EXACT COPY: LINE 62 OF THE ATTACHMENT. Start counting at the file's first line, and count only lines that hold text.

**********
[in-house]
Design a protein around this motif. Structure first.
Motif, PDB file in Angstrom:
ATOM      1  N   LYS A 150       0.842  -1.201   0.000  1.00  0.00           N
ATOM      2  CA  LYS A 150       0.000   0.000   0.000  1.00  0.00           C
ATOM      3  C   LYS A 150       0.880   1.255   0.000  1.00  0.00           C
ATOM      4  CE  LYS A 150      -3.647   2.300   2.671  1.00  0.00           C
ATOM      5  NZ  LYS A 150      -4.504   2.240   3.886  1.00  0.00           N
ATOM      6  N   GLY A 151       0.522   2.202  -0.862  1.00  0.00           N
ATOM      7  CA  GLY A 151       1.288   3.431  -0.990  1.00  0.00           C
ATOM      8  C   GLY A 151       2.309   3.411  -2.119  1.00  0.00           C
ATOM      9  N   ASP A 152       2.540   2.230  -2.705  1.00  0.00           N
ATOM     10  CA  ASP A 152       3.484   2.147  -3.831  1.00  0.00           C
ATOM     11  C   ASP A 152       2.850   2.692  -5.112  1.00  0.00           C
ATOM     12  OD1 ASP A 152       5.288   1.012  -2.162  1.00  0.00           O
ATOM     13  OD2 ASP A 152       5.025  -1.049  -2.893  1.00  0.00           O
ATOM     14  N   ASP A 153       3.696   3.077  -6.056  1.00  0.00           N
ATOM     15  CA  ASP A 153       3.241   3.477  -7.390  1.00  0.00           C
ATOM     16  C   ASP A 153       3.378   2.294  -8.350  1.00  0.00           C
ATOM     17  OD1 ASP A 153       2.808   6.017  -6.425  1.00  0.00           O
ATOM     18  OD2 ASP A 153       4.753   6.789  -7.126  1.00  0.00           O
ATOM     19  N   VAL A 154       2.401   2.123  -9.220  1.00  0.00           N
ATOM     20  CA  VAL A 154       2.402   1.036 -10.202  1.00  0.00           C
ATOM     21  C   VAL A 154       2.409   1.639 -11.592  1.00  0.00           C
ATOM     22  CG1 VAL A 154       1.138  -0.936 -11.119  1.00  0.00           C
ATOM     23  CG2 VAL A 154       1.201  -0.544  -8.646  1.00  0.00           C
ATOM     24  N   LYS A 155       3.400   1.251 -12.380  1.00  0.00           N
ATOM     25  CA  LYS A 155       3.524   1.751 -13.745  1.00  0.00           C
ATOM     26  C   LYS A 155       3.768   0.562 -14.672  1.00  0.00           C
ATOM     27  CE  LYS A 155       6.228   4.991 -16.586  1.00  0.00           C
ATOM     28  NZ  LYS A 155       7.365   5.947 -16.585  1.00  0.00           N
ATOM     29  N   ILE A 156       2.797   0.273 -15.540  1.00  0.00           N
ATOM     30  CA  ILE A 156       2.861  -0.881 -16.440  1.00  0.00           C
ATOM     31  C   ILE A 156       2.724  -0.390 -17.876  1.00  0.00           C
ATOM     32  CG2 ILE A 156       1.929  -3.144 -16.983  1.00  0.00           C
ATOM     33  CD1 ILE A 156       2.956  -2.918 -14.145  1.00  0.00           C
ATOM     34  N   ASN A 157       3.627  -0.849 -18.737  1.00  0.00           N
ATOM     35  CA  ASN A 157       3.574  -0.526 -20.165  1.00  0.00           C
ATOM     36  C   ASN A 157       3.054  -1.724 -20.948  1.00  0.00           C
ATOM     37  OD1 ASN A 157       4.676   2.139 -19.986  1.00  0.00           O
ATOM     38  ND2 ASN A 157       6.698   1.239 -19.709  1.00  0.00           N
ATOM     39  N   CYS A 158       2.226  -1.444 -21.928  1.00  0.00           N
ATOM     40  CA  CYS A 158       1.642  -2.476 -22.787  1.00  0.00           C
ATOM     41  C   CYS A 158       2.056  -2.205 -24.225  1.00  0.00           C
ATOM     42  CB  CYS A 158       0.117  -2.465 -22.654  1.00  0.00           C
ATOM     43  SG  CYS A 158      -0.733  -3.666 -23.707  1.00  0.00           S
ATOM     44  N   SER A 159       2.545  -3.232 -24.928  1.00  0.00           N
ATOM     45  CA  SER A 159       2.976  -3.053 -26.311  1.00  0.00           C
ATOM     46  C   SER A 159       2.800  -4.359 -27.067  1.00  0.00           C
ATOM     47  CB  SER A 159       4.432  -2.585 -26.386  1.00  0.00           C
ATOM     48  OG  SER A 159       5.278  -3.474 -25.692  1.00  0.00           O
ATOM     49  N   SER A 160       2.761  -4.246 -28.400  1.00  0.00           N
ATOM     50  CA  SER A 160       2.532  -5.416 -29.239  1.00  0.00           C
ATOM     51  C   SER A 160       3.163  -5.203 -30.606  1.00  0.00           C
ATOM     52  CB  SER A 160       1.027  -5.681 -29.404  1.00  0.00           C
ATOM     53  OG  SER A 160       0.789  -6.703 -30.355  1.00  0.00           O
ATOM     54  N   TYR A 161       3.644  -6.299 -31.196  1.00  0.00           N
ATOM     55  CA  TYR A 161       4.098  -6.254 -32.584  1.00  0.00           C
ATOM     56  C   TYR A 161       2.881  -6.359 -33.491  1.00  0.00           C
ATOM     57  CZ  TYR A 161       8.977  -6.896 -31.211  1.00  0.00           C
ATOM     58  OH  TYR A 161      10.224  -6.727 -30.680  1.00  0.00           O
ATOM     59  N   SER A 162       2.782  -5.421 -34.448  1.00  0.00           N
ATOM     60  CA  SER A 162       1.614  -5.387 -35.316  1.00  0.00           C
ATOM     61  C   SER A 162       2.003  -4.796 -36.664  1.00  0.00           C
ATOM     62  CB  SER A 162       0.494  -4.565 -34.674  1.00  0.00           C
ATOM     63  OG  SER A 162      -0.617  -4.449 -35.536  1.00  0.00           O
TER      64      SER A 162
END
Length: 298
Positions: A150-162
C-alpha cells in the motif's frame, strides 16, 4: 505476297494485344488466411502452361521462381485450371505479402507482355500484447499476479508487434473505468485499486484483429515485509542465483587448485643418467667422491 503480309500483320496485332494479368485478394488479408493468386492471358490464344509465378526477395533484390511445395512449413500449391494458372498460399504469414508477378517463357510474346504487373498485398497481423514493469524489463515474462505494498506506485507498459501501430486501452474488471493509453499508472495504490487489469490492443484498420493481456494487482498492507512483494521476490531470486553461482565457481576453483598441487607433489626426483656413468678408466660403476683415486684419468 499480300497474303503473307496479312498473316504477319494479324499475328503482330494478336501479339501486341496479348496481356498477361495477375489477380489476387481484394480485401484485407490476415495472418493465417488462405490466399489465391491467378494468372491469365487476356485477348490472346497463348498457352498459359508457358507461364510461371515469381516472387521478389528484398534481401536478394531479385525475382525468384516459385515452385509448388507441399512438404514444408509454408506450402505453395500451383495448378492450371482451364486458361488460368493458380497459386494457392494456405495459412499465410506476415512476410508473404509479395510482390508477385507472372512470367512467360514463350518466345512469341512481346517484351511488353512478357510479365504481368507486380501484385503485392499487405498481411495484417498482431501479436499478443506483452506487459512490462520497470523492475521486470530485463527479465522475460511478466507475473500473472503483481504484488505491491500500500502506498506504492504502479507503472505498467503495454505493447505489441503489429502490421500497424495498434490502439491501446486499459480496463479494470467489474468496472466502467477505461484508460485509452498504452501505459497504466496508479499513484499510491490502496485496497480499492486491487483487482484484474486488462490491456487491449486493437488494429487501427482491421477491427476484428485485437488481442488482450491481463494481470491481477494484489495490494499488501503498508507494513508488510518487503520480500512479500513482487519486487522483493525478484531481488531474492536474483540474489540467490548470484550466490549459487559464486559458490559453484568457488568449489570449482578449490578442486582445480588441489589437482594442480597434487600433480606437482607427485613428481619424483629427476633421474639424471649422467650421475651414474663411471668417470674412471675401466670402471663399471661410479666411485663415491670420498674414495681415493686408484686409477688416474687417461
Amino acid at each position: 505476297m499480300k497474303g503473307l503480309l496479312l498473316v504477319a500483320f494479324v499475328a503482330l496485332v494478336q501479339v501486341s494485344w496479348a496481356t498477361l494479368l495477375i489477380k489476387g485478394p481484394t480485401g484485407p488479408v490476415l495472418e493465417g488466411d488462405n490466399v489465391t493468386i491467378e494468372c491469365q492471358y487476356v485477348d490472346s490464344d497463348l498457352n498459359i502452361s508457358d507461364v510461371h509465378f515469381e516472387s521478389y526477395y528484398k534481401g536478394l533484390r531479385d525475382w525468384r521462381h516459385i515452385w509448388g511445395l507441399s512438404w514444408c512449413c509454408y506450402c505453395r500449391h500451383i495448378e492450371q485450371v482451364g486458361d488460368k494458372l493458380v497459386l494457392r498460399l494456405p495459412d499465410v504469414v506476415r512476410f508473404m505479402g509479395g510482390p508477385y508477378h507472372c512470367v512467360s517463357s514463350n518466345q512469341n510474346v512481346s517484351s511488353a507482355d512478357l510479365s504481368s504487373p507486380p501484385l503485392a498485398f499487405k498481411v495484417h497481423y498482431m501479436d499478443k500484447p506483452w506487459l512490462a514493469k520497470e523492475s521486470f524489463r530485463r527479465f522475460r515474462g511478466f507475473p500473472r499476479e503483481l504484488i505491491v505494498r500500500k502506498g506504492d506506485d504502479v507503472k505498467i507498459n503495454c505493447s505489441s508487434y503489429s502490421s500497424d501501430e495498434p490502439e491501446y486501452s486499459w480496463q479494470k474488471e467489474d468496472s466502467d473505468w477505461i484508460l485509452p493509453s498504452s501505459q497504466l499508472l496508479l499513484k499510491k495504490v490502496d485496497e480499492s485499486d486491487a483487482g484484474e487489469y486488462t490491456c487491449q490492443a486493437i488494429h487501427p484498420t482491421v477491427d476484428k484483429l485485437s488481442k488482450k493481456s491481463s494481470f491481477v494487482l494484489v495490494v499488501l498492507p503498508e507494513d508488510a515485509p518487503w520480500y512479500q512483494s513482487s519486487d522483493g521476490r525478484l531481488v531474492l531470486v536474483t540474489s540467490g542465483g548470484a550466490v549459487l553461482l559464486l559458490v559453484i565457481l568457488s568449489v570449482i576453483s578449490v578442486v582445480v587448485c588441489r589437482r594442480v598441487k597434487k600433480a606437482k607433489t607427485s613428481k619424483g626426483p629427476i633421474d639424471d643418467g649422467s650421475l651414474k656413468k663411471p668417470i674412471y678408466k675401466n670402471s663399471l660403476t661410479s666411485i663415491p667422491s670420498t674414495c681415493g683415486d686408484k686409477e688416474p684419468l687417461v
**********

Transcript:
ATOM     59  N   SER A 162       2.782  -5.421 -34.448  1.00  0.00           N